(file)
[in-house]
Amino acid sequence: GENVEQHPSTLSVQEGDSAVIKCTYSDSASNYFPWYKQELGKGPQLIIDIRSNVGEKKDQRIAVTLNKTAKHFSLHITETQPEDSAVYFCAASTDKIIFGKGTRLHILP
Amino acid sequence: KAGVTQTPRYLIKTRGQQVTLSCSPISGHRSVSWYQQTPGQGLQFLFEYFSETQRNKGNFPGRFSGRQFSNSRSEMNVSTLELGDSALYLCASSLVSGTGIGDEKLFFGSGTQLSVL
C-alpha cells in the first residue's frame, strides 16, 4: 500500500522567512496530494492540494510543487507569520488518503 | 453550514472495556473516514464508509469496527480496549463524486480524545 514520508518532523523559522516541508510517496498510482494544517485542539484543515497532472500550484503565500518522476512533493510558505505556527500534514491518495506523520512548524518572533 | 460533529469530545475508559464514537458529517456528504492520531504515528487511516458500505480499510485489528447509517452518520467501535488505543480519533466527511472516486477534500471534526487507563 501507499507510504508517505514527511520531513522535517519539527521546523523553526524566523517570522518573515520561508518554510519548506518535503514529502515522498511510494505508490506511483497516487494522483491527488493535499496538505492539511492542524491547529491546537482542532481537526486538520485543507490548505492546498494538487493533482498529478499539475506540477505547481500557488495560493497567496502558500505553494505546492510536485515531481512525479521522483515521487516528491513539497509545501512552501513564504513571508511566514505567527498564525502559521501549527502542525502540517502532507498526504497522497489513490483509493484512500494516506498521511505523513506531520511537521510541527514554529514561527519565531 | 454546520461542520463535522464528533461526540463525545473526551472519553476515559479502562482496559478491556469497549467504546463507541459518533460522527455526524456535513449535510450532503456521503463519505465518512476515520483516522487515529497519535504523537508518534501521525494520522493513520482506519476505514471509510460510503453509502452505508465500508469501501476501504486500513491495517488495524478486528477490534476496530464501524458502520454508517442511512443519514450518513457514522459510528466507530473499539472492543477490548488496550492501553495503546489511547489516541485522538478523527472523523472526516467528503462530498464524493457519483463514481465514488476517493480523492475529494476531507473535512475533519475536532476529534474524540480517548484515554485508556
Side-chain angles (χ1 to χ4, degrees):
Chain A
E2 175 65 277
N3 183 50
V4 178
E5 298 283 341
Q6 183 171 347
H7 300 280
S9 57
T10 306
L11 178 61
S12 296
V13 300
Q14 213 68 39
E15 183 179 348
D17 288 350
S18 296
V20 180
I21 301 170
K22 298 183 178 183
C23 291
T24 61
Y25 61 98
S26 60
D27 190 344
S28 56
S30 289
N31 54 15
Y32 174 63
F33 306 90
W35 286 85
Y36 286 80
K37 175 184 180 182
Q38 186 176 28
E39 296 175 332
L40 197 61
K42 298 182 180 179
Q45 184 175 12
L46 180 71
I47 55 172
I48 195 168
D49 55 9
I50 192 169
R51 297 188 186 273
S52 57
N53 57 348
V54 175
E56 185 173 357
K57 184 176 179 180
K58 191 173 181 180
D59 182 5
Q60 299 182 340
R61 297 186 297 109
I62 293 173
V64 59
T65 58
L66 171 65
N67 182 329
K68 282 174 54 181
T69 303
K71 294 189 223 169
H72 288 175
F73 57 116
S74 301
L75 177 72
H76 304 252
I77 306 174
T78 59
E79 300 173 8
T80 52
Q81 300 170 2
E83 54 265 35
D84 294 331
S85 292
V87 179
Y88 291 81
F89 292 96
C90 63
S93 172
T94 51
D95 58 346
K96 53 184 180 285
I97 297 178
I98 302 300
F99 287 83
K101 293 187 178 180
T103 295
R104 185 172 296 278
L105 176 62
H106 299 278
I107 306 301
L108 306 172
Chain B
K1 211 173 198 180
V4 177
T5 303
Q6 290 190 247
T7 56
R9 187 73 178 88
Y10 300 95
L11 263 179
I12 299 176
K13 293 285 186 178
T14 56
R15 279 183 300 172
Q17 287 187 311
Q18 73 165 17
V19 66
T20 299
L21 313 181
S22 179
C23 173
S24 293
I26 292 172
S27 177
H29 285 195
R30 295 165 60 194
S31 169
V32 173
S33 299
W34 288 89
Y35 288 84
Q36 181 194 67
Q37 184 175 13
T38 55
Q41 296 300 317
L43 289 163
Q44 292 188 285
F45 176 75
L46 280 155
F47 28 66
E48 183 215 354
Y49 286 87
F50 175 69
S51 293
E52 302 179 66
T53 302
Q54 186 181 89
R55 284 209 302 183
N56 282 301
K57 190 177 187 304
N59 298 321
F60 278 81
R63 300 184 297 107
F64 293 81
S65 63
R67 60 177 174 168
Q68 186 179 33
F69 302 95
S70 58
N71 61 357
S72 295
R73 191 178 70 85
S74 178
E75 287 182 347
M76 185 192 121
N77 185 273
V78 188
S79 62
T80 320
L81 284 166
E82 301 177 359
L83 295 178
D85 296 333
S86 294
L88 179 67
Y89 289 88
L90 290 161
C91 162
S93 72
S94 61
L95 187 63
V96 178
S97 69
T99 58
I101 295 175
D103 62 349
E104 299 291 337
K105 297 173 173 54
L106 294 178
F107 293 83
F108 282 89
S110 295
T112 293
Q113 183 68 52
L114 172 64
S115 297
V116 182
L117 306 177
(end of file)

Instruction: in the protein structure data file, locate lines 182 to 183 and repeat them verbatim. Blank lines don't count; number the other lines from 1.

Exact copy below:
E104 299 291 337
K105 297 173 173 54